By Tony Dewhurst
A goalkeepers job is perhaps the most taxing one in football, the most dangerous and sometimes the least glamorous, because it is an established fact that the best of them make the job look easy and only when they make a mistake are they noticed.
For a decade Mick Kearns was Walsall's first choice 'keeper and his thirty year association with the npower League 1 club sees him remain an integral figure at The Banks's Stadium as Community Manager and Goalkeeping Coach.
"Somebody told me the other day I'm the second longest serving Community Manager in England, and I'm as proud of that as what I achieved in my career with Walsall and Ireland," he said.
Kearns took charge of Walsall's community project in 1989, when the Saddlers were playing half a mile away from their current home at Fellows Park, now the site of a supermarket on the edge of Spaghetti Junction.
"There's a tremendous enduring value in the community scheme, but at some clubs I think it is tolerated rather than them embracing what is a wonderful concept.
"Walsall Football Club has always embraced the community project.
"I go to the Walsall board and say, 'I've got this idea and they tell me, 'Go and do it Mick.'
"They have always seen how it fits together, that powerful link between the community and what goes on out there on the pitch."
He added: "It is a hugely important social tool. We create an interest in the town in Walsall Football Club via a schools or health project for people to come here on a Saturday.
"Our philosophy, and the way that I drive my staff, is that the children are the most important people in anything that we do.
"I can walk past the Family Stand on a match day and there are the children of parents we saw when the scheme started, and that's special for me because it is a fresh generation of Walsall fans.
"Coaches can inspire people and hopefully I've done that with this community scheme too."
Kearn's Community Officer Adam Davy jokes that a handshake from Kearns, a friendly bear of a man, would leave you needing an appointment at Accident and Emergency.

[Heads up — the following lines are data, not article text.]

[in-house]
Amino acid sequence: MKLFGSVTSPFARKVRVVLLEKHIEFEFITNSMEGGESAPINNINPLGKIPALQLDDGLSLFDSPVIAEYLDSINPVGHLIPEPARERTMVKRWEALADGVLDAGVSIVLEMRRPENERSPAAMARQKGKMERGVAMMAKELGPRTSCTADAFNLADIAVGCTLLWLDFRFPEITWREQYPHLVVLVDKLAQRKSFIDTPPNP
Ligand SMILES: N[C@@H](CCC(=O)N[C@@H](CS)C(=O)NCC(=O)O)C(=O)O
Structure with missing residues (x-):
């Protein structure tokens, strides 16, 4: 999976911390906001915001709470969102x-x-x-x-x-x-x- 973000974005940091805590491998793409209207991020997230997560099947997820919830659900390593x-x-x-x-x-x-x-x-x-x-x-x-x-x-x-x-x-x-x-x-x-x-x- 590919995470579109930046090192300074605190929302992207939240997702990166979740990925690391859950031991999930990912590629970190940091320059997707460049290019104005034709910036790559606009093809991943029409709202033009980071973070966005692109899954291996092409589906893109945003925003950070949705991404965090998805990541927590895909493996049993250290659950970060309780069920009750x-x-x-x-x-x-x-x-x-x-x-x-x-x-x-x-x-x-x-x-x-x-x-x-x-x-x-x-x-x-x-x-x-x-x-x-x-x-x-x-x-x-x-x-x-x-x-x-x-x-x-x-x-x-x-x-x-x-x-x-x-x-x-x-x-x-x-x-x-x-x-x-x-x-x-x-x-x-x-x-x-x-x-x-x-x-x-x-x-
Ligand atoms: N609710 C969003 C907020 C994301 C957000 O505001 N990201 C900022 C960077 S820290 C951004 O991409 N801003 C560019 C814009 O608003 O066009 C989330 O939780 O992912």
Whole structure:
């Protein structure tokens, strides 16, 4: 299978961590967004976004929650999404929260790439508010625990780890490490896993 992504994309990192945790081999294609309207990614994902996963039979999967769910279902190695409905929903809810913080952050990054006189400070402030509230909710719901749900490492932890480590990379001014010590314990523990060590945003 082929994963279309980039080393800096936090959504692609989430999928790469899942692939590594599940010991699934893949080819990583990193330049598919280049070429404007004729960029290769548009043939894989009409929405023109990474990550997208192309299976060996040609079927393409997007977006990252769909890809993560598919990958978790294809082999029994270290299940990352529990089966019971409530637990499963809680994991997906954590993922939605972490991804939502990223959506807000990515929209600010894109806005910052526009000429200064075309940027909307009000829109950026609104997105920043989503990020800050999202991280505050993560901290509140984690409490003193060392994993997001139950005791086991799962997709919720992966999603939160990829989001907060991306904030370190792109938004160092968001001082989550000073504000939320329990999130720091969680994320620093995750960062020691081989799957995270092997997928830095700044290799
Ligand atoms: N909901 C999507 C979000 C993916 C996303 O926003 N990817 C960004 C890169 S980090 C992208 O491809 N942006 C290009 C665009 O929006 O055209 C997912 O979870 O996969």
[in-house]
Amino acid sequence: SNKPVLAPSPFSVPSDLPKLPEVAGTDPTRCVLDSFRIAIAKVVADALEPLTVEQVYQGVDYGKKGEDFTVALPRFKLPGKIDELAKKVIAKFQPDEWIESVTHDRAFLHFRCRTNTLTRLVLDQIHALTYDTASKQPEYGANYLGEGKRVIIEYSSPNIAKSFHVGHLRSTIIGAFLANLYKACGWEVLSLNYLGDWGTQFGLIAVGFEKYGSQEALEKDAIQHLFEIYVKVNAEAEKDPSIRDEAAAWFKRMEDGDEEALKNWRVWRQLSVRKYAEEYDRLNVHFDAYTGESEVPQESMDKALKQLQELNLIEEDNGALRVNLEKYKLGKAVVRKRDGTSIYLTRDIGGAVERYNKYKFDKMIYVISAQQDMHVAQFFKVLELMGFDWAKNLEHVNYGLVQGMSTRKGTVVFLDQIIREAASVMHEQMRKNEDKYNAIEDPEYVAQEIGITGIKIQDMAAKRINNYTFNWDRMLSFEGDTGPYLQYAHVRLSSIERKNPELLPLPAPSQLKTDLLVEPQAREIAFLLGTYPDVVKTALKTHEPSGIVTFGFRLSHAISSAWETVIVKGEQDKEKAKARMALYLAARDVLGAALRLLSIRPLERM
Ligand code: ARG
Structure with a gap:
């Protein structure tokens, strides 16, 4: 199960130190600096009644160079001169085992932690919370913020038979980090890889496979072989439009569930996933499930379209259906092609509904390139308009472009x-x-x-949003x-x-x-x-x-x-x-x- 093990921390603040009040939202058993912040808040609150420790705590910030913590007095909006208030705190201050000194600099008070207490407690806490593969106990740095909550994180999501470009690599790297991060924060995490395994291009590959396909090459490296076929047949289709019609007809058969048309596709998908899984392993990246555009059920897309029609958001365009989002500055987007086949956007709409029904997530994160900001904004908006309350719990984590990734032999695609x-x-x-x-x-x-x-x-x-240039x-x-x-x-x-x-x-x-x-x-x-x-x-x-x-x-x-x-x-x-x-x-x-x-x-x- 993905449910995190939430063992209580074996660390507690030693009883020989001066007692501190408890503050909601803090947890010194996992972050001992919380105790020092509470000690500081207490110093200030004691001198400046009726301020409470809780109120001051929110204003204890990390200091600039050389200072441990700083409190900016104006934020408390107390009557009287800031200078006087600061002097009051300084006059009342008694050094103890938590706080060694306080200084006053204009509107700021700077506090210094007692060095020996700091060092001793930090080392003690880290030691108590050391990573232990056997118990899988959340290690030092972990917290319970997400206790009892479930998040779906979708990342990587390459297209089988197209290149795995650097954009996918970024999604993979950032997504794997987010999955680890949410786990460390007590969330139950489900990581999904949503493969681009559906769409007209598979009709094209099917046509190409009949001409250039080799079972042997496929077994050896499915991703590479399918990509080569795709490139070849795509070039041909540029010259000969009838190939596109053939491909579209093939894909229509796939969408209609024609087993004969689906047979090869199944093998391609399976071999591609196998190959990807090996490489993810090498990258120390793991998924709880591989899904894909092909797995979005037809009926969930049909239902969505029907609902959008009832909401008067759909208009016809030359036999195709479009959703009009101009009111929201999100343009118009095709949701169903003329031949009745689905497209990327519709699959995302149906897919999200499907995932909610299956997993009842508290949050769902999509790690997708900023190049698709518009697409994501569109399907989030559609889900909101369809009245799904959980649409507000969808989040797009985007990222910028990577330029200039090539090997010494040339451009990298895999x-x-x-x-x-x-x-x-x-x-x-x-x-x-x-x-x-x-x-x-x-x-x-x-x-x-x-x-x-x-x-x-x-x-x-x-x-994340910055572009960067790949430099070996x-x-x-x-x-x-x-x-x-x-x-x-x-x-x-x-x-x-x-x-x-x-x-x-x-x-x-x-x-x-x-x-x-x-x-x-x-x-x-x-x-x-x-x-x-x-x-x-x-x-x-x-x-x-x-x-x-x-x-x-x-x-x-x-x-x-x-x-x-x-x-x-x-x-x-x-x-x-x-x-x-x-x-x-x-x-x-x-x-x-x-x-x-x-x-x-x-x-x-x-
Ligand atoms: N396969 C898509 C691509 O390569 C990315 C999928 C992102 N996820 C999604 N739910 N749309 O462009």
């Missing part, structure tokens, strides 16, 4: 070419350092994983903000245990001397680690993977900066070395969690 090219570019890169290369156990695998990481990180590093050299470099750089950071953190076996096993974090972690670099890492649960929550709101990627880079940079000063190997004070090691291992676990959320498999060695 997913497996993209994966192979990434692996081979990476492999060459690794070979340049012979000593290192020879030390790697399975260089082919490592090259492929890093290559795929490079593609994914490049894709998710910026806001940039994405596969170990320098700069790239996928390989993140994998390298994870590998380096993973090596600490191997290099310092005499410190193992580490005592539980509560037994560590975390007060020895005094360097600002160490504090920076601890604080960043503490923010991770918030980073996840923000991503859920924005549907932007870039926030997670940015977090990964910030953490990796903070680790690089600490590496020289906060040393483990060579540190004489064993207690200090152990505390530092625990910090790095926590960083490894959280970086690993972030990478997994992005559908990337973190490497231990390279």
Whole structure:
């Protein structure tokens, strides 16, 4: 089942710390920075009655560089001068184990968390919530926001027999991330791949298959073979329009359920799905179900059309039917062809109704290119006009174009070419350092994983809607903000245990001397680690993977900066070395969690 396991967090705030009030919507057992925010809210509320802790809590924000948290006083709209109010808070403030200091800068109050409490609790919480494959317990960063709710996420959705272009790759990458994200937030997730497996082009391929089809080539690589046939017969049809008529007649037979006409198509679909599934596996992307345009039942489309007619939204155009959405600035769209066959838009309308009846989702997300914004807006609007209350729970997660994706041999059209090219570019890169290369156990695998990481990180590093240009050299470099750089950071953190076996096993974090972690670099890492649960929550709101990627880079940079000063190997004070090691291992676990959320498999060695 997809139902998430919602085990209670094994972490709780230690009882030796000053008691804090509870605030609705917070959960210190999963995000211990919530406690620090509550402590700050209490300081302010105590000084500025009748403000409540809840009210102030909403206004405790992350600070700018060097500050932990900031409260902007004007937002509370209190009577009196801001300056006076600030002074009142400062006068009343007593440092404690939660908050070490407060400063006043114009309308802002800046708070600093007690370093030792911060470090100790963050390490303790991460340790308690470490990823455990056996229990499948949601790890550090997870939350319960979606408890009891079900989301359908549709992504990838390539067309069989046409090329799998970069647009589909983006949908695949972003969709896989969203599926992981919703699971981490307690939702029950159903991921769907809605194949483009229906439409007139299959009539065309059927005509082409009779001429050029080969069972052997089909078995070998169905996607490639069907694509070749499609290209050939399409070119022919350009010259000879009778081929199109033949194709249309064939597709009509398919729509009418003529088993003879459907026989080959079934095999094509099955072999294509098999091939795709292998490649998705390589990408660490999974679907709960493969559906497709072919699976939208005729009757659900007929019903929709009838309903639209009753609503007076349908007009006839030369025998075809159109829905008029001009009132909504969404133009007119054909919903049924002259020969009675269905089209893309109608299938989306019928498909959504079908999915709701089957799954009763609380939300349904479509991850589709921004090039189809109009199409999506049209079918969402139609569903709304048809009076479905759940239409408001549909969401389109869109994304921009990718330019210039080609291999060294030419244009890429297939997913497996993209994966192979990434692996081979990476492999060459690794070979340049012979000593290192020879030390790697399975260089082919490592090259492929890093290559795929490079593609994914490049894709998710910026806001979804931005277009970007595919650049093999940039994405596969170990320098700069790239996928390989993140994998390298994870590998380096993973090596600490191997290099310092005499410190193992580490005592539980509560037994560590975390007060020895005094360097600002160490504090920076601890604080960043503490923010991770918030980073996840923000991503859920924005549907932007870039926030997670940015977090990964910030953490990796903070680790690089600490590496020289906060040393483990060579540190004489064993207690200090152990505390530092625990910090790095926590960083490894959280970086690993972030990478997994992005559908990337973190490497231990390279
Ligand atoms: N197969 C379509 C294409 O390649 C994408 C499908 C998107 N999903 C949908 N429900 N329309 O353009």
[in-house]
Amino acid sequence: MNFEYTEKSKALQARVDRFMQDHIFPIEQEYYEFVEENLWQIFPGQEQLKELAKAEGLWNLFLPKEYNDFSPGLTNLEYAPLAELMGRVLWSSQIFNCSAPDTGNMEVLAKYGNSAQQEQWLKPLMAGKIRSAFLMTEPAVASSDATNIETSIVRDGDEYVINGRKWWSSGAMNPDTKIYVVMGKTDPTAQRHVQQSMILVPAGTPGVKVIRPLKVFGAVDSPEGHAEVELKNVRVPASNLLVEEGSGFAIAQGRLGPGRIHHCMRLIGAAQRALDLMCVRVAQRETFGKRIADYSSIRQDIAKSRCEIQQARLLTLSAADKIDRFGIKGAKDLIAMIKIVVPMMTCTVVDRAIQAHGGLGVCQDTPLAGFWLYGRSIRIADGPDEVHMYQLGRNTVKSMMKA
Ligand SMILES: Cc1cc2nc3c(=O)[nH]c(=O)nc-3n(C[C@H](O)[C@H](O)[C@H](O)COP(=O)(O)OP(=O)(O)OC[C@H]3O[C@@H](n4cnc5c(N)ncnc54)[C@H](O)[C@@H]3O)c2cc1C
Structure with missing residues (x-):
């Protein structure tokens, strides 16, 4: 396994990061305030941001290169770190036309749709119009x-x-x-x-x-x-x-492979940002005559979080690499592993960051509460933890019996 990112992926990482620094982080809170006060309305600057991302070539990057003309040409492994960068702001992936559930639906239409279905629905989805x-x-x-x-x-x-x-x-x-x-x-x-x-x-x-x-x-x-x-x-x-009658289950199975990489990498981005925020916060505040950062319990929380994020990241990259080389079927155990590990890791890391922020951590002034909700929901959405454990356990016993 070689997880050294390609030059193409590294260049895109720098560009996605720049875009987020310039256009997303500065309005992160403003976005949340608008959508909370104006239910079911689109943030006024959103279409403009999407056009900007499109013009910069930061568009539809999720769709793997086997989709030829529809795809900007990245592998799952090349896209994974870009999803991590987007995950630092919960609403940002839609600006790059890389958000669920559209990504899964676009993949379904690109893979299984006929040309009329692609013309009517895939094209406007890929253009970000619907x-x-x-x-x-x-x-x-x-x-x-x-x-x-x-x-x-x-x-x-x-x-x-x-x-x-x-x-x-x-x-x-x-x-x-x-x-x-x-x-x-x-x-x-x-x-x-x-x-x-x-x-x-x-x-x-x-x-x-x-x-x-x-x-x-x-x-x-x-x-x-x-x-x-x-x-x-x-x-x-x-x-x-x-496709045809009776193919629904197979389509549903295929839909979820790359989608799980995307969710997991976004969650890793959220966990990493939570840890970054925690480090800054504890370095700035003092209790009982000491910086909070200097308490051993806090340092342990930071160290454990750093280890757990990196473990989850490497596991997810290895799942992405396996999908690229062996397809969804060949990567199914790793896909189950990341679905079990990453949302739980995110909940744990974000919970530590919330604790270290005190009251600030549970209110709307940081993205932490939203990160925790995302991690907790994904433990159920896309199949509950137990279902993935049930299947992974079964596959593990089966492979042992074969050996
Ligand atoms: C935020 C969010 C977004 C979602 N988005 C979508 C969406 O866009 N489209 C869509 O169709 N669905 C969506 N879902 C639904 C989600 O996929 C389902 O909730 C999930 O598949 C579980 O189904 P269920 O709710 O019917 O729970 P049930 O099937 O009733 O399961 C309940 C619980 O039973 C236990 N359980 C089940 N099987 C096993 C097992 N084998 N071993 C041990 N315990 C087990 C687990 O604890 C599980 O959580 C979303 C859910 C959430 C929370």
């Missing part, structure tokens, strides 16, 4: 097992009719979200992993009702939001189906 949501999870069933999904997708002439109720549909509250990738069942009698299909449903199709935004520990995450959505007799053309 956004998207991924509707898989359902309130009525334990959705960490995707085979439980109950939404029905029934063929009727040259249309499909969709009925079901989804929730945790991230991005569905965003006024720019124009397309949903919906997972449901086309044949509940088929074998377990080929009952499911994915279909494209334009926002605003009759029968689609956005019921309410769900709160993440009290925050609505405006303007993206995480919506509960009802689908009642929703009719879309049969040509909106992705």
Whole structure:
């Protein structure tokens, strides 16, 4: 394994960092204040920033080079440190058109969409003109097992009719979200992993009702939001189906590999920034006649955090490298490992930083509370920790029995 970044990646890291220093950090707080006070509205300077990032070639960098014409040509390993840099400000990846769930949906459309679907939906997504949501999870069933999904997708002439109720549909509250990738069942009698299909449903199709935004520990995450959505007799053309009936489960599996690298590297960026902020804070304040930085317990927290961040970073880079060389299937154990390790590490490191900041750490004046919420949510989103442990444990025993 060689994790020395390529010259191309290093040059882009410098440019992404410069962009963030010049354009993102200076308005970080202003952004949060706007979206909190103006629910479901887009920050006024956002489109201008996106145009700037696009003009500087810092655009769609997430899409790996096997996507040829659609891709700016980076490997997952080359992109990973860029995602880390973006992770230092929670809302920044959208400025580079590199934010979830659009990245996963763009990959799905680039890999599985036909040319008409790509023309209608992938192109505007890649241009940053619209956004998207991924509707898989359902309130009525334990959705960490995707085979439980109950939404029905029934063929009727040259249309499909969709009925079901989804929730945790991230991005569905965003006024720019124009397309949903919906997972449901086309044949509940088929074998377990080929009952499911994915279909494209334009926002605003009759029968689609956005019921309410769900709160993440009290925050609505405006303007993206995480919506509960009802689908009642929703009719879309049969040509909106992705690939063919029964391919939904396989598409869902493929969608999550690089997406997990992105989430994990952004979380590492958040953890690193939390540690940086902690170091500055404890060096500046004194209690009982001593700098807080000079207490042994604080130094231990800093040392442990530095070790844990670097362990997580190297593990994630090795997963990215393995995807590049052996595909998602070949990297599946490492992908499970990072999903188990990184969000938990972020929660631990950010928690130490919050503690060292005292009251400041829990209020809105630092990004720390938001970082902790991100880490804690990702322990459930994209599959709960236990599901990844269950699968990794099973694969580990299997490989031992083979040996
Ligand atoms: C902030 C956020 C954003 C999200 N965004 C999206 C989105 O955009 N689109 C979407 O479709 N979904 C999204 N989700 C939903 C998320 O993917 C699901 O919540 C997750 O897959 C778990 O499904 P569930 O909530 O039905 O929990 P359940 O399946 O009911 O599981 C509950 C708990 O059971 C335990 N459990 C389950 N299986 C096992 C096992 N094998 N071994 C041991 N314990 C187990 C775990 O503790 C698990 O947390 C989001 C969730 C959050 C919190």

"Mick is not only a great figure head of Walsall's community programme and Walsall's most capped player - but has enormous respect in the town," said Davy.
"I suppose it is quite an old fashioned scheme, but that has never held us back in terms of what we do in the community.
"We keep football at the heart of what we do and we've built massively strong connections with the schools and colleges.
"We've Wolverhampton Wanderers, West Bromwich Albion, Aston Villa and Birmingham City very close by, and we've got an average attendance of 3,500 fans and a 12,000 capacity stadium, so we've got to work very hard to keep those connections with the community strong."
Mention the possibility of retirement to Kearns, who sits as a local magistrate, is a member of the FA Disciplinary Panel and can regularly be heard on local radio commentating on Walsall's fortunes and coaches ever day, Kearns just smiles.
"I remember the first community training session we put on, there was 92 kids and a bag of footballs," said Kearns.
"Now we employ 22 people that are directly involved with Walsall's community scheme.
"We want the children to leave with a smile on their face so that they are looking forward to coming next time."
Kearns, who won 22 caps for Ireland, says Gordon Banks was the finest goalkeeper he ever saw.
"Banks would make routine saves that would be out of this world for others," he said.
"Confidence and resilience are the two most important attributes - and not conceding is all goalkeepers think about.
"If you finish a game without letting a goal in, it is like an outfield player scoring a hat-trick.
"It may not fill you with as much joy, but that's all you strive for.
"Working as Walsall's Community manager has brought me a lot of joy, and I still enjoy every minute of it."
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